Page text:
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Diabetes rate among Tennessee adults increased

Diabetes rate among Tennessee adults increased

Posted: Wednesday, November 5, 2008 9:34 pm


According to Behavioral Risk Factor Surveillance System (BRFSS) data the estimated diabetes prevalence rate among Tennessee adults increased by 35 percent between 1993 and 2004. (The Burden of Diabetes in Tennessee: 2007) Diabetes was the seventh leading cause of death in Tennessee from 1990 to 2000 and the sixth leading cause of death from 2001 to 2004. 

Based upon the average age-adjusted mortality rate from 1999-2004, the western region of Tennessee had the second highest diabetes mortality rate in Tennessee.

There are several risk factors for diabetes including inactivity, obesity, hypertension and hypercholesterolemia. In 2003, 30 percent of adult Tennesseans reported not engaging in any leisure time activity during the past 30 days. Twenty five percent were obese with a BMI exceeding 30. Thirty percent of adult Tennesseans had high blood pressure, and 30 percent adult Tennesseans reported high cholesterol.

Less than the targeted 76 percent of diabetic patients in Tennessee had at least one annual dilated eye exam in the last reported year. 

Local health departments provide primary care services for individuals who are not qualified for Tenn Care but do not have private insurance. The Tri-County Community Wellness Initiative Grant  serves as an adjunct to the services that are provided by the local health departments.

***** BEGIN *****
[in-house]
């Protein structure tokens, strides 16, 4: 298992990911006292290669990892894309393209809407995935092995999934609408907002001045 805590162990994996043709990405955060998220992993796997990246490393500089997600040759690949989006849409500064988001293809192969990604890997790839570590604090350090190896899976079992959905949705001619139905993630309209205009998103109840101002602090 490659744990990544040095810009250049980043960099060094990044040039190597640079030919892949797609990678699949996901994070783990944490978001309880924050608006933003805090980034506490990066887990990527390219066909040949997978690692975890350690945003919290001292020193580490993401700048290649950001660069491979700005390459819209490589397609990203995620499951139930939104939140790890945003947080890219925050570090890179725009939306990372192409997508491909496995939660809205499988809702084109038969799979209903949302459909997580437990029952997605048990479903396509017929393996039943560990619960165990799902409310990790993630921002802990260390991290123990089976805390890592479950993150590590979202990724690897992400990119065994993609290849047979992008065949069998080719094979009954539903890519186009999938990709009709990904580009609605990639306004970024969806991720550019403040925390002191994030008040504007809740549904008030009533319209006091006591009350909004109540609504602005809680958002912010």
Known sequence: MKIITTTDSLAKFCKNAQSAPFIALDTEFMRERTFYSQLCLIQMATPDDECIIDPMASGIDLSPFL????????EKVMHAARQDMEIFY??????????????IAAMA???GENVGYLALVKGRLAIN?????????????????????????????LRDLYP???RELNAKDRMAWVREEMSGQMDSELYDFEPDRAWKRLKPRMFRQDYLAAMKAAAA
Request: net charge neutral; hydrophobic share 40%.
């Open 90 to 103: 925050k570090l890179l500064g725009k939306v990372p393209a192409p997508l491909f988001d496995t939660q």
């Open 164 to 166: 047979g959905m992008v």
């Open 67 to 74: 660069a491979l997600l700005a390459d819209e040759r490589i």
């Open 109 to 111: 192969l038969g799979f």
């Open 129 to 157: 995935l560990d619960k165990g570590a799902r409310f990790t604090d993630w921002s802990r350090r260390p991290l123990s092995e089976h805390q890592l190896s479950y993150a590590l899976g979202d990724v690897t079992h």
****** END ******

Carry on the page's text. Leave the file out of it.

In April of 2006, a West Tennessee Community Diabetes Forum was sponsored by the Emory University School of Medicine in Atlanta and held at the University of Tennessee at Martin. A follow up meeting to this forum entitled “Exploring Diabetes Dynamics” was held in July 2006. One consensus coming from the forum and follow up meeting was that a coordinated plan was needed to address lifestyle management and diabetes education in West Tennessee. 

In 2006 a Weakley County Diabetes Coalition was formed and has sponsored several events that address the prevention and management of diabetes.

In 2007 the Department of Health and Human Performance at the University of Tennessee at Martin applied for a Health Access Grant “Tri-County Community Wellness Initiative” to address the prevention and management of diabetes. This grant was funded for $84,000 and services provided through this grant are being provided in Gibson, Obion and Weakley counties, all three of which have diabetes on their list of community priorities.

In the 2007-08 grant year, more than 160 people have received one-on-one consultation with a registered dietician and many have returned for follow up appointments. Educational material regarding diabetes prevention and management have been made available to the county health departments and footwear in the form of Diabetic Crocs were purchased to be distributed on an “as need” basis through the health departments. Exercise equipment and videos were also made available. Working with the Union City Eye clinic, health professionsals were able to use the grant to provide dilated vision screening for a limited number of diabetic patients. 

The target population for the Tri-County Community Wellness Grant is those individuals who rely on the health department for their primary care, yet anyone who is interested in receiving a one-on-one nutrition consultation can call the county health department to schedule an appointment with the Grant’s Registered Dietician. Health Department patients will get first priority.

Published in The Messenger 11.5.08

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